STH readers may recollect that in Dec 07 (refer blog of 12Dec 07) we had FAXED, to the Chief Minister, Govt of West Bengal, a summation of all important points about landslides that had emerged in the 4 months that STH had existed. The relevant part is reproduced below:-
"c) Checking of unplanned urban growth and abiding with regulations
It is unfortunate that though regulations are in place regarding height of buildings, soil testing, road construction and so on; scant attention has been paid to any of these, resulting in unplanned and rampant urban growth.
Whereas it may not be possible to reverse this, it is possible to prevent further damage by strictly enforcing regulations and imposing fines/ resorting to legal action against all those who flout these rules.
In this regard, no construction should be permitted in slopes of 40 degrees or more."The news report in "The Telegraph" dated 11Aug08 (reproduced in part below) is more than welcome
Four-storey ceiling for Darjeeling
Darjeeling, Aug. 10: The Darjeeling Municipality has passed a resolution to sanction buildings up to four storeys. Unlike the earlier ceiling, no height has been specified this time. Normally, a four-storied building can be anything between 11.5m and 14m.
A meeting of the board of councillors on Saturday has also approved that all residents applying for the sanction of their building plans should submit an affidavit stating that they would not construct any floors beyond the permitted storeys.
“We will henceforth sanction only those building plans that are four-storied. The applicants will have to submit an affidavit maintaining that they would not be adding any further stories to the sanctioned drawing,” said Pemba Tshering Ola, the chairman of the municipality. However, even if there are no affidavits, action will be taken against those who flout rules, Ola said.
In the past, the GNLF-run municipality had been engaged in a tug of war with the state government over the height restriction. While the government wanted the maximum permitted height to remain 11.5m, the earlier boards wanted the ceiling to be raised to 14m.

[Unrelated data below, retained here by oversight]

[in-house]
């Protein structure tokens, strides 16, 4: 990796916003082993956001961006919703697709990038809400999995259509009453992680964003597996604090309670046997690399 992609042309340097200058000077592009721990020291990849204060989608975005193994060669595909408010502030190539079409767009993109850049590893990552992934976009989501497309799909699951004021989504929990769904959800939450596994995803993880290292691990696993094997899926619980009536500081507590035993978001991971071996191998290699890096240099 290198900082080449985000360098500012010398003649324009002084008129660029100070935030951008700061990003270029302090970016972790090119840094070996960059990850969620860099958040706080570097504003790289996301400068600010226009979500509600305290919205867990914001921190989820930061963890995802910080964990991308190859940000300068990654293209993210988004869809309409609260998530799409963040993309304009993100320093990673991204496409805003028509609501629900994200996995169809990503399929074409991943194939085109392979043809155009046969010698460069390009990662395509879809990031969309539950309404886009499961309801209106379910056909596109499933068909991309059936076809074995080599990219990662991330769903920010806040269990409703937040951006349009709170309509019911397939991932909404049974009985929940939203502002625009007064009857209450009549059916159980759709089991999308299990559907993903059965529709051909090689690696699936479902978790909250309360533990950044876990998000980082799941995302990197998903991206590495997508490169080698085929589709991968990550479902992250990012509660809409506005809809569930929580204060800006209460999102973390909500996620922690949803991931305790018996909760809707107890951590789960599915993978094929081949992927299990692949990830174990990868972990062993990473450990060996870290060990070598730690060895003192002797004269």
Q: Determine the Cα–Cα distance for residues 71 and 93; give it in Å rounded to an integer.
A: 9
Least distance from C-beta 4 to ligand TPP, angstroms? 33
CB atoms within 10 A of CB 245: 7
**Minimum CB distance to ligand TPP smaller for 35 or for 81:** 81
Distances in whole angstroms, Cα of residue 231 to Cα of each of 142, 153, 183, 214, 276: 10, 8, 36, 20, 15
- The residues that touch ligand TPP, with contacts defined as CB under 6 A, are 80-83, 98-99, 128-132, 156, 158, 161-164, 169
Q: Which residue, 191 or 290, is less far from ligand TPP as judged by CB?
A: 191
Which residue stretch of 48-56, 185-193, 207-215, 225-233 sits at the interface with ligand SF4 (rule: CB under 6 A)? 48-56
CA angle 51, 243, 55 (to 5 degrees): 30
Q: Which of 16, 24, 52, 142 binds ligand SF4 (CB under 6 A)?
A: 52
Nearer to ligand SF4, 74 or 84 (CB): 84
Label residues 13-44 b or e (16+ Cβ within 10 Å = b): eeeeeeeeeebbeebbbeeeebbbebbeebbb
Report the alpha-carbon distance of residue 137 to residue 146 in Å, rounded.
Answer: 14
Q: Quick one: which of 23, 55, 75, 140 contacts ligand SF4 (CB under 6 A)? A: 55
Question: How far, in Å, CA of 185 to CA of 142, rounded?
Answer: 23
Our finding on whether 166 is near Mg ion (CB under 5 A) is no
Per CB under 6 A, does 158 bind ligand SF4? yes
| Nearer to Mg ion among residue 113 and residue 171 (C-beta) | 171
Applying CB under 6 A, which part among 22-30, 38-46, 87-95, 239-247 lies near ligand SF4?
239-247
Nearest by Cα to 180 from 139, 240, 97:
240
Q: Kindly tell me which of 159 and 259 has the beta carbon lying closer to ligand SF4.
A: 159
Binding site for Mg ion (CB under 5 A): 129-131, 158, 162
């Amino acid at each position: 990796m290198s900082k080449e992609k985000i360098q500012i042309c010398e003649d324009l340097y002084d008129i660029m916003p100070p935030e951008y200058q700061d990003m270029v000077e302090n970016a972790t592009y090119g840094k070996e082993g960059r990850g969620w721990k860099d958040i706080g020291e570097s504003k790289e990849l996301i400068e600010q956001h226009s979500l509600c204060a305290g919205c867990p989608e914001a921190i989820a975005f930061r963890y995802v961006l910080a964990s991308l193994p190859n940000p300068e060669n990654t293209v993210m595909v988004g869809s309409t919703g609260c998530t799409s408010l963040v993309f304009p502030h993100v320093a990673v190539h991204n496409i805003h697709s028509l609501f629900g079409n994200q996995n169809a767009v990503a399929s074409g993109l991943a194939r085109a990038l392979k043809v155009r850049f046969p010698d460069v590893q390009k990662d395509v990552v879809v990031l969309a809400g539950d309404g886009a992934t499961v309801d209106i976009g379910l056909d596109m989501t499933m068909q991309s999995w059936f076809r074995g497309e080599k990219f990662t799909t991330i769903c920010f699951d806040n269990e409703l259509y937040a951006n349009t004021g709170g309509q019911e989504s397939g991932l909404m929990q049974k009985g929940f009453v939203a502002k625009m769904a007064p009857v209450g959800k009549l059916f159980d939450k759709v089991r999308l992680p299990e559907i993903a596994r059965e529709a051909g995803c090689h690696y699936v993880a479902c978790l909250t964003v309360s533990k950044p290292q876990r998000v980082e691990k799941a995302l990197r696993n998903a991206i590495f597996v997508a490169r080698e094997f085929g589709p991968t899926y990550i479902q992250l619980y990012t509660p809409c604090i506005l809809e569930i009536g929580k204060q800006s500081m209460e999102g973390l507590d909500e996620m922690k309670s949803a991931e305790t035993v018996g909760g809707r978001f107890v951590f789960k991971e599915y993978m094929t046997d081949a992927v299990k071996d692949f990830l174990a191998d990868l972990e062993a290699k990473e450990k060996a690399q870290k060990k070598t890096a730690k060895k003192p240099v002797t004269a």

The current board with 18 Gorkha Janmukti Morcha supporters among the 24 (the number has come down from 32 after one resigned earlier, six did on Saturday and one died), however, has decided to look more at storeys than the height in metres.
In another move, the municipality has decided to declare legal all those buildings which already have exceeded the 14m height restriction. “We will re-assess all such buildings and impose tax on them,” said Ola.
Earlier, since such buildings were not “legal”, the authorities could not levy taxes. Nor could they be demolished because of more practical reasons like stiff opposition. In fact, most buildings in Darjeeling are more than four-storied (in picture).
A promoter in Darjeeling town, not wanting to be named, said the decision was for the “health” of the town. “Although our profits will come down, we will have to follow the law,” he said.
The municipality has also decided to the make a “vision paper” of Darjeeling town. “We will get in touch with experts in Calcutta and Delhi in the third week of August. We are looking at demolishing old buildings owned by the municipality and utilise the space better. The vision paper will plan the town for the future,” said Ola. The municipality owns 20 buildings in town.